dot dot dot - two: A Conflict of Specialness

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Oh hey, a second post. THE SERIES LIVES ON. Here's hoping I can find it in me to keep this going throughout the year. This will probably be when the posts actually appear, since I tend to be not-so-busy on the weekends. I'm sure homework will change that in a couple weeks time, but it should be easy enough to spare the half-hour it takes for me to write a blog post.

There's not that much in the way for me to talk about except for something that came up when talking with . We had an extended discussion over Steam about Dark Souls/Demon's Souls and the strengths of the two games the other day. I came away from it with the realisation that while Dark Souls is an improvement over Demon's Souls in nearly every way, DS still holds a relatively special place in my heart. It stuck with me because, in a lot of ways, I feel the same about Persona 4 versus Persona 3. P4 is a better game than P3 in every facet, yet Persona 3 is the first one to come to mind when I am prompted to think of my favorite JRPGs.

Oh, Mitsuru. I miss you. ;-;
Oh, Mitsuru. I miss you. ;-;

Why is that so, though? I actually enjoyed my time with Dark Souls far more than I did with Demon's Souls, and the same applies for Persona 4 versus Persona 3. (and FES) Would it not be logical for me to unquestioningly prefer the better sequels to the originals? The more I thought about it, the more it bugged me because I think that, ultimately, it comes down to novelty. What P3 and Demon's Souls did on their respective releases felt like a landmark moment. With P3, I was finally able to enjoy JRPGs again. An actual mature story with well-realised characters, an incredible soundtrack, and some of the most fun gameplay intertwined with addictive dating sim-like aspects. I couldn't have fathomed such a game would exist, let alone have it be so enjoyable.

With Demon's Souls, I got to play the revival of classic game design. Punishing difficulty that forces you to learn and better yourself as a player. Combat scenarios and level designs that, while difficult, are fair and done in a way to teach you mechanics and strategies to use later on. To channel Egoraptor for a bit, it reminds me of Mega Man X, where the first stage of the game is designed in a manner to teach you everything you need to know as a player without explicitly telling you so. Sure, Demon's Souls has a tutorial level but I'm more specifically talking about Boletarian Palace 1-1. Playing through it again, it reminded me just how strong of a level it is. Every enemy placement, object placement, and architectural decision is there to teach you something. The doors, the bridges, the ledges, the enemies hiding behind walls-- everything. When you finish 1-1, you have, through repeated play from dying so much, learned the core of what you need to make your way through the game. You'll learn better tactics later on but they'll just be an improvement over what you've already learned.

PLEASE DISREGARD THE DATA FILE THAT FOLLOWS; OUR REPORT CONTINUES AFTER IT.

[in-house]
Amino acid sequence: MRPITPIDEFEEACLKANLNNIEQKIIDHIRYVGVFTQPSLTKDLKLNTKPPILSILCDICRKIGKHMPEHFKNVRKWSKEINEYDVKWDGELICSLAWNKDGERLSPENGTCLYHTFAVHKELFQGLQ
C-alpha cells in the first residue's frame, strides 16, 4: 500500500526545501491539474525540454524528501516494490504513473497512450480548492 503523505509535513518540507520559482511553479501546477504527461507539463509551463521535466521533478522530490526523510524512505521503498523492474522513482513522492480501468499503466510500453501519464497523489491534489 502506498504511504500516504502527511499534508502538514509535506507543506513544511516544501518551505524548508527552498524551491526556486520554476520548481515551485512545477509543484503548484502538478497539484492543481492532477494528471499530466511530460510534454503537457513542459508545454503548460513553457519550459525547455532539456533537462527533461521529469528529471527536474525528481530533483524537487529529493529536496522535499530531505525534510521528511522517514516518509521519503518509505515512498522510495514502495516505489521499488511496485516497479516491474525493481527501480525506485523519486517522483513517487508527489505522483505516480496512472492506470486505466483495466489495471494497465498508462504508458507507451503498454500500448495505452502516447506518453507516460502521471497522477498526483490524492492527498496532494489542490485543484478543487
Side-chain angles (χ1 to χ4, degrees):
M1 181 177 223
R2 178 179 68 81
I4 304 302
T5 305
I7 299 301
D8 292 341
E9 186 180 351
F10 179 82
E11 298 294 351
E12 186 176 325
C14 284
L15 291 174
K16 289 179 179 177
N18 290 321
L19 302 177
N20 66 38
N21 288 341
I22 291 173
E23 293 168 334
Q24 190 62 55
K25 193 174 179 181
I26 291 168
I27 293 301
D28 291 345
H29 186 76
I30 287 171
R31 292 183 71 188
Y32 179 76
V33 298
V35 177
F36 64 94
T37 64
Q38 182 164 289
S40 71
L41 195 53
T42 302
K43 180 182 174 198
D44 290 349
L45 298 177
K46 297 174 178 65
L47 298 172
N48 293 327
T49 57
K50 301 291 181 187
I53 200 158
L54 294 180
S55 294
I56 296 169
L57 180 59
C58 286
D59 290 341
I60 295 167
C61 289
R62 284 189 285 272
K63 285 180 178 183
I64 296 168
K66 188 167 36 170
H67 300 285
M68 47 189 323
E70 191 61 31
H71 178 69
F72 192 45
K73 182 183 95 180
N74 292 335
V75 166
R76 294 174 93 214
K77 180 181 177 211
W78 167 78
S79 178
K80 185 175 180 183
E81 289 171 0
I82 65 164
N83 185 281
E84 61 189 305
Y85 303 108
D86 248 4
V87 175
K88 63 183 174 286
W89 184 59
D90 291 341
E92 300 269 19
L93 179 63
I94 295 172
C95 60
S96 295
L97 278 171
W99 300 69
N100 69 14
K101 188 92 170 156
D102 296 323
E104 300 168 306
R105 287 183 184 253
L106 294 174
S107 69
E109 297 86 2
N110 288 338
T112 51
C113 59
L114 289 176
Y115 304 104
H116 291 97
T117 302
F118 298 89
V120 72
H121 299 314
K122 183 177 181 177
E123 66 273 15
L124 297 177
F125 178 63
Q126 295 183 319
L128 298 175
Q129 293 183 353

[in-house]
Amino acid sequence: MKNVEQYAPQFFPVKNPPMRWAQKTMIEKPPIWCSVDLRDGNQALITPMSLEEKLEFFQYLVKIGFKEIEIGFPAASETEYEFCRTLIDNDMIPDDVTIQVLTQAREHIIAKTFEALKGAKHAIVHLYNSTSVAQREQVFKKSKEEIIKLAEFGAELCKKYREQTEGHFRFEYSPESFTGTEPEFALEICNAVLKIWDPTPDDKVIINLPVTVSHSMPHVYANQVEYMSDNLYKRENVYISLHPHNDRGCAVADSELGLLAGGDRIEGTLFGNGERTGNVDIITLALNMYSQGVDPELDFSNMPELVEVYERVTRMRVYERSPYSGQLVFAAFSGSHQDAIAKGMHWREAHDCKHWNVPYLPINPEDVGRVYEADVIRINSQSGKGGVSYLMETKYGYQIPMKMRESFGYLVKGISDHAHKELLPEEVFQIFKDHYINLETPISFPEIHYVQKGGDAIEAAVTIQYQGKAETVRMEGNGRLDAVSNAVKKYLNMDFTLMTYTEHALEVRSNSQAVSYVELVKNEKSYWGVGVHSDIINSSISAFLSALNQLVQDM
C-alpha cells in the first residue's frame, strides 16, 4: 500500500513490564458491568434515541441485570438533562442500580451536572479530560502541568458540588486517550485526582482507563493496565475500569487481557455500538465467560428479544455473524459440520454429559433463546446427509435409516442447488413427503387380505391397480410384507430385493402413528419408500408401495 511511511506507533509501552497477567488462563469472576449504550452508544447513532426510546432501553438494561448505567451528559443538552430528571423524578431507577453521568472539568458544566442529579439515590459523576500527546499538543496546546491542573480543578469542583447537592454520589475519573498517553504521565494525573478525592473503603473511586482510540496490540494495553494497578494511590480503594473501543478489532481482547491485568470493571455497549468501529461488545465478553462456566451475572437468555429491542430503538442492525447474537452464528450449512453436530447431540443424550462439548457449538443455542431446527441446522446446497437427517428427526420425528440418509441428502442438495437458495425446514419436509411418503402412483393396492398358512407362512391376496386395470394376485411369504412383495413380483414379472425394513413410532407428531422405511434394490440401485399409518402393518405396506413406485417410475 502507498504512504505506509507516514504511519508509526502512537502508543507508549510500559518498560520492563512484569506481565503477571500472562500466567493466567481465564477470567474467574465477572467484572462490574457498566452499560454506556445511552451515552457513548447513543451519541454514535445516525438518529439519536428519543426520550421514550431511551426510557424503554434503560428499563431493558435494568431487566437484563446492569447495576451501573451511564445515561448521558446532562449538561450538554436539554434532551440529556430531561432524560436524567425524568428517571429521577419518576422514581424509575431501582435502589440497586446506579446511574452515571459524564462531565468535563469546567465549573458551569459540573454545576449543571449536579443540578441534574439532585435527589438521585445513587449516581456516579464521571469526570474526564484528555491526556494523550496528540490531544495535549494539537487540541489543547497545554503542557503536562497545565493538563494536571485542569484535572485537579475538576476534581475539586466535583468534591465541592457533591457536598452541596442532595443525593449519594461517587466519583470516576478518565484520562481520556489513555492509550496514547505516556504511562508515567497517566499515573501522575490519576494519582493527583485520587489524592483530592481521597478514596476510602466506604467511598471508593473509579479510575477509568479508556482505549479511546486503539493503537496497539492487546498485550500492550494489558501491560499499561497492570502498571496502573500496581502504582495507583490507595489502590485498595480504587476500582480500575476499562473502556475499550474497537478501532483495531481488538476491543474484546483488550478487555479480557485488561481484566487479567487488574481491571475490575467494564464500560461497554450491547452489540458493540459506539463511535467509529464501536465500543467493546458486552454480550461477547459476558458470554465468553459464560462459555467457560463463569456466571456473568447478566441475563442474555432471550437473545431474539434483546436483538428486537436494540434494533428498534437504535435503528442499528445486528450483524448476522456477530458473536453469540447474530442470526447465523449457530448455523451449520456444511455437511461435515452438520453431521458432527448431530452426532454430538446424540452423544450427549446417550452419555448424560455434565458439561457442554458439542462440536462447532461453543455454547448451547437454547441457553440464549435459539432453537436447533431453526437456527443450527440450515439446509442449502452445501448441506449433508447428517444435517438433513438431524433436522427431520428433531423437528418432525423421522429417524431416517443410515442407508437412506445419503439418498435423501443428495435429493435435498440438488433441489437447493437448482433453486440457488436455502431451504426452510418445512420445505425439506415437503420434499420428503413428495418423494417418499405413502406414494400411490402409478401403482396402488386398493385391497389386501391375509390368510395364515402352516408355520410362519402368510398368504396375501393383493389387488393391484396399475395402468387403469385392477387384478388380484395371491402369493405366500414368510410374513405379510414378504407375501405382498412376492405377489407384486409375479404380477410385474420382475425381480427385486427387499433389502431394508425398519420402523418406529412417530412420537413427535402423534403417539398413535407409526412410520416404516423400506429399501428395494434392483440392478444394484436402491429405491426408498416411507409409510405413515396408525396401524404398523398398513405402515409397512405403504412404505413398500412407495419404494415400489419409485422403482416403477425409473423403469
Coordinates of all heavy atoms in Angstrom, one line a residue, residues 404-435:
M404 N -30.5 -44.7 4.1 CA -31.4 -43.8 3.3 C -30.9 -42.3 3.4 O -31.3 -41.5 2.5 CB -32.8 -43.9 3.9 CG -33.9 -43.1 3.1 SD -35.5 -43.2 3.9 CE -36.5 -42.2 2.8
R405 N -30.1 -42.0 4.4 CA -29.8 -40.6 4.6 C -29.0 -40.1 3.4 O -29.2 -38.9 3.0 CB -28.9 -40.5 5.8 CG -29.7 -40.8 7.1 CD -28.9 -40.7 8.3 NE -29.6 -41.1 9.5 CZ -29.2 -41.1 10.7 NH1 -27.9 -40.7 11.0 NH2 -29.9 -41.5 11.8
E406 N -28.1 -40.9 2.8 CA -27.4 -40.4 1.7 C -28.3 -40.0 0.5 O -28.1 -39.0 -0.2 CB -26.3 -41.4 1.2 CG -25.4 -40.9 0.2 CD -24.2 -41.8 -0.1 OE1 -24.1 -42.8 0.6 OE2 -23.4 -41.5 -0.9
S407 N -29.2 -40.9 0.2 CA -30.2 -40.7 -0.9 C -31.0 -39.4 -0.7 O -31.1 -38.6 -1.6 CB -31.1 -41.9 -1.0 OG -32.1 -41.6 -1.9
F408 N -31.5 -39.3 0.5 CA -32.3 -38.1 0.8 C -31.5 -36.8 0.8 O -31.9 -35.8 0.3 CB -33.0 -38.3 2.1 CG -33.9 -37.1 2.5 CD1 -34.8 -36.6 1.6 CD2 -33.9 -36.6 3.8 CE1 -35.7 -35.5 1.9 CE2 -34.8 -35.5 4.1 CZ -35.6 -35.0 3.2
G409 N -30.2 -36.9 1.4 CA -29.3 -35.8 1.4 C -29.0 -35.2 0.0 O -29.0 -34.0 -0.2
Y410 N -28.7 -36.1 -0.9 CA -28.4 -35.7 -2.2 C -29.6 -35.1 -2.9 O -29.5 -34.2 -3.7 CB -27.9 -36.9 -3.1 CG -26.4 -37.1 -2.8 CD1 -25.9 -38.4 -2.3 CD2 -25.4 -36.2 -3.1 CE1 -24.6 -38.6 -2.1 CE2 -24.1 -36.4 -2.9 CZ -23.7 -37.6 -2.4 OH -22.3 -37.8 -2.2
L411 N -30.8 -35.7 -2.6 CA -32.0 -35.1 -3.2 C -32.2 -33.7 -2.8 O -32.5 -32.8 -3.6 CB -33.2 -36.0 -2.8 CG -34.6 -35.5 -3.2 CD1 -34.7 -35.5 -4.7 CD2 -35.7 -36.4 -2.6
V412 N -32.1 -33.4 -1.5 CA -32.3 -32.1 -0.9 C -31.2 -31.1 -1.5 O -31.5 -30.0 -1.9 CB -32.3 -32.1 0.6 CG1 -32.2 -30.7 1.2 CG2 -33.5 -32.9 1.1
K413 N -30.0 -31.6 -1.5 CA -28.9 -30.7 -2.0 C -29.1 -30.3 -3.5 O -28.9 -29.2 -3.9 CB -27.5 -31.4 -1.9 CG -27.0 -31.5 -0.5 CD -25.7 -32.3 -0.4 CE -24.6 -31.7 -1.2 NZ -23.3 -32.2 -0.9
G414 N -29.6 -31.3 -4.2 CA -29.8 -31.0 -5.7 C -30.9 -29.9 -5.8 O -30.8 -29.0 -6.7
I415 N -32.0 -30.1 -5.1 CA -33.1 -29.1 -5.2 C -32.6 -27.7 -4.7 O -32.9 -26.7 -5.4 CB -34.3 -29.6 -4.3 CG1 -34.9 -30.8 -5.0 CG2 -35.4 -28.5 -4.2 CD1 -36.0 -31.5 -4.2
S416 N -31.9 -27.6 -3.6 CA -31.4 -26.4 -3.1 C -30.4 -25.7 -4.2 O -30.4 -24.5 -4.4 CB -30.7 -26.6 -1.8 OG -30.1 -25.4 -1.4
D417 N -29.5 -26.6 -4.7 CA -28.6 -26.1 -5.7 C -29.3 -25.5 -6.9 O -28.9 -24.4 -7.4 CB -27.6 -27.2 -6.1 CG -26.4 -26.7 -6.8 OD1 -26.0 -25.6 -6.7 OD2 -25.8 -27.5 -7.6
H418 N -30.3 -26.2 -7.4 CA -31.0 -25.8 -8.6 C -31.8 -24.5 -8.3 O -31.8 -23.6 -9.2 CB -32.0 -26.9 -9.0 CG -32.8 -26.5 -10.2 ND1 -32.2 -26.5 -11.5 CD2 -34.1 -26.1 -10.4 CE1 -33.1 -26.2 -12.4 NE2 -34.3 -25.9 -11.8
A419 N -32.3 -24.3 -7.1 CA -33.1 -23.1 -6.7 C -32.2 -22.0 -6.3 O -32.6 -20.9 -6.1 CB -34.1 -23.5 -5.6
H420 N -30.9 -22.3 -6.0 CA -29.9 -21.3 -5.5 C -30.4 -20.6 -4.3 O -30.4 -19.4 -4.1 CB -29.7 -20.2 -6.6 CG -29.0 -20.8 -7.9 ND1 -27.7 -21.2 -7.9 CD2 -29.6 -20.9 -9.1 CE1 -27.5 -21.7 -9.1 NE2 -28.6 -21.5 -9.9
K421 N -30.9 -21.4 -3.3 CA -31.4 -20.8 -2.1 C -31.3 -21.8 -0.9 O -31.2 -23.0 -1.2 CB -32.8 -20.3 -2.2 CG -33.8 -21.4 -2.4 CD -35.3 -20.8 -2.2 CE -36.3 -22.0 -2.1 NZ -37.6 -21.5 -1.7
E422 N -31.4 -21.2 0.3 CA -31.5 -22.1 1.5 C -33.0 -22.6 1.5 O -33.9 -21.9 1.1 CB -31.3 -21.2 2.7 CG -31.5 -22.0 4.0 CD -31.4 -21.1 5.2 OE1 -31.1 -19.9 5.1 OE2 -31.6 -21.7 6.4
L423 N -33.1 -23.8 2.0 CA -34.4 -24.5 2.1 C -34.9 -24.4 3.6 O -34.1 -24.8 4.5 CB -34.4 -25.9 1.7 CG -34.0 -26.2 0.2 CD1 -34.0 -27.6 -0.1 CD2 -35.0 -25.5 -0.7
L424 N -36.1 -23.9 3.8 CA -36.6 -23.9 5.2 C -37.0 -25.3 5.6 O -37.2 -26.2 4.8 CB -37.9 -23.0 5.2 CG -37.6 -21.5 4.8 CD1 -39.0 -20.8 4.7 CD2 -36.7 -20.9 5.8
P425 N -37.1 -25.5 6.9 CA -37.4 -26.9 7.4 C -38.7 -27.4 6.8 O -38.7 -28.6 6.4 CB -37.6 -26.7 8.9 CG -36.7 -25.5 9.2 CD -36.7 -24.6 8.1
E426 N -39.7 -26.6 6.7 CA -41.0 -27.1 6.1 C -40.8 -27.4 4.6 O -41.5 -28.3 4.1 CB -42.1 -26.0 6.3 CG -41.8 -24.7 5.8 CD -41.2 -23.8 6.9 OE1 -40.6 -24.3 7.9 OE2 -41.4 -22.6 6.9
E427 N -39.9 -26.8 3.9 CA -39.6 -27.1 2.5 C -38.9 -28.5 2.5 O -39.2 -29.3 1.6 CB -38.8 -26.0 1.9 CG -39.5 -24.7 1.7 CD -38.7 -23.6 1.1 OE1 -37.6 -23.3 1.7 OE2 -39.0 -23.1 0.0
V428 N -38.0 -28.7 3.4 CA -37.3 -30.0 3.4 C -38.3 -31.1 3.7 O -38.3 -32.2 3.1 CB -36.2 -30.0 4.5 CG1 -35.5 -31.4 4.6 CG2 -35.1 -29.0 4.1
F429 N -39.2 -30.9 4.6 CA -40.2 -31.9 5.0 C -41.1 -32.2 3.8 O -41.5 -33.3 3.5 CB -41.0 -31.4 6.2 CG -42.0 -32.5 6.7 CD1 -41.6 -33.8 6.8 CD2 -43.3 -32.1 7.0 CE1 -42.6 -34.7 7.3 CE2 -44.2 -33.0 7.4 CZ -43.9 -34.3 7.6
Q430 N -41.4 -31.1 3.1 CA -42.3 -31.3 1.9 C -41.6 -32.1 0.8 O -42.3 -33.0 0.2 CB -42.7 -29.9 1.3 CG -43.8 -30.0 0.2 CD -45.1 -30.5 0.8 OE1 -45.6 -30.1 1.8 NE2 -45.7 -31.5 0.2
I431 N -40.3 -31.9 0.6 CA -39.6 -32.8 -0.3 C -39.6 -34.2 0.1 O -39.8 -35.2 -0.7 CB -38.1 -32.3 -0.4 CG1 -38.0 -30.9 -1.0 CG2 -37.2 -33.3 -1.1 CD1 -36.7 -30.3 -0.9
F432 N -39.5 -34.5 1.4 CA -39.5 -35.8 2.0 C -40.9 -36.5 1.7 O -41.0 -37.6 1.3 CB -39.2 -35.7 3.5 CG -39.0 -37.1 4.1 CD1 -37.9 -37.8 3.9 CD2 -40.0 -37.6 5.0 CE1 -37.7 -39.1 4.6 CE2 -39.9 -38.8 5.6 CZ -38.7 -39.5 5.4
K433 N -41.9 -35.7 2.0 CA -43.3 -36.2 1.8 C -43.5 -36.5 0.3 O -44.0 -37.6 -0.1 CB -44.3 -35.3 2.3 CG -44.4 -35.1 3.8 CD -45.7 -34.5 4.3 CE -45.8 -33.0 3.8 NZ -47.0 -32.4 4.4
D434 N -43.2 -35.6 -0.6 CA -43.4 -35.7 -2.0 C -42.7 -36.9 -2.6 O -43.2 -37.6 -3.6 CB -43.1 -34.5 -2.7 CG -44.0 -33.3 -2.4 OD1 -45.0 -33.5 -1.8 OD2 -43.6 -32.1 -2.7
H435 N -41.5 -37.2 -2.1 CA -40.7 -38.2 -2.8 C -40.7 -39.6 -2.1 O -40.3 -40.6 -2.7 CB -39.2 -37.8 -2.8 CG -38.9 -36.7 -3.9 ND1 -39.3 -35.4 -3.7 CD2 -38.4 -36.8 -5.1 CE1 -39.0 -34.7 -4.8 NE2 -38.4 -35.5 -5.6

Pictured above: one of the most amazing environments in modern gaming.
Pictured above: one of the most amazing environments in modern gaming.

There's a bunch of other shit in Demon's Souls that makes it great (like the art direction, soundtrack, and mechanics) and all of those are (I feel) improved upon in Dark Souls. The art direction is stronger, the soundtrack is better, and the mechanics are extended and improved upon. There's so much I could elaborate regarding why I feel Dark Souls is a superior game but that would be unwrapping the entire game by so much that it's just simpler for me to sum it up that way. Maybe I'll save it for another time. So, if it's better, than why does Demon's Souls still feel so... special? The same applies to Persona 4. Why does Persona 3 hold such a special place to me if Persona 4 is, obviously, such a better game?

JOLLY CO-OPER... oh wait, wrong game.
JOLLY CO-OPER... oh wait, wrong game.

Because it was the first time I saw it happen in front of me. Dark Souls and Persona 4, while obviously better than their previous iterations, are still improvements over an original brilliant foundation. It doesn't feel as special to me because I have, unfortunately, seen it before. I'm playing through a better version of what I've already seen and it's letting me enjoy it on its own merits, but it is still the same core idea. If anything, it made me wish there was a way to experience those games for the first time again. Heck, it makes me curious to know what it was like for players who have never played Persona 3 or Demon's Souls before playing either Dark Souls or Persona 4. Was it this revolutionary thing to them? Could they even go back and enjoy P3 or Demon's Souls for what they are, or would they see those games as some kind of shadow behind much better games?

So yeah, that's what I've been thinking about. I'd love to hear your thoughts on it, especially if you've played either Dark Souls or Persona 4 (or both) and then went on to play the original games after. (I'll say Persona 3 for P4, considering Persona and Persona 2 are kind of really different from the PS2 games.) Until next week, or something, toodles~

... also, I wish I could experience NiER for the first time again, and I only say that because I'm listening to the brilliant OST again.

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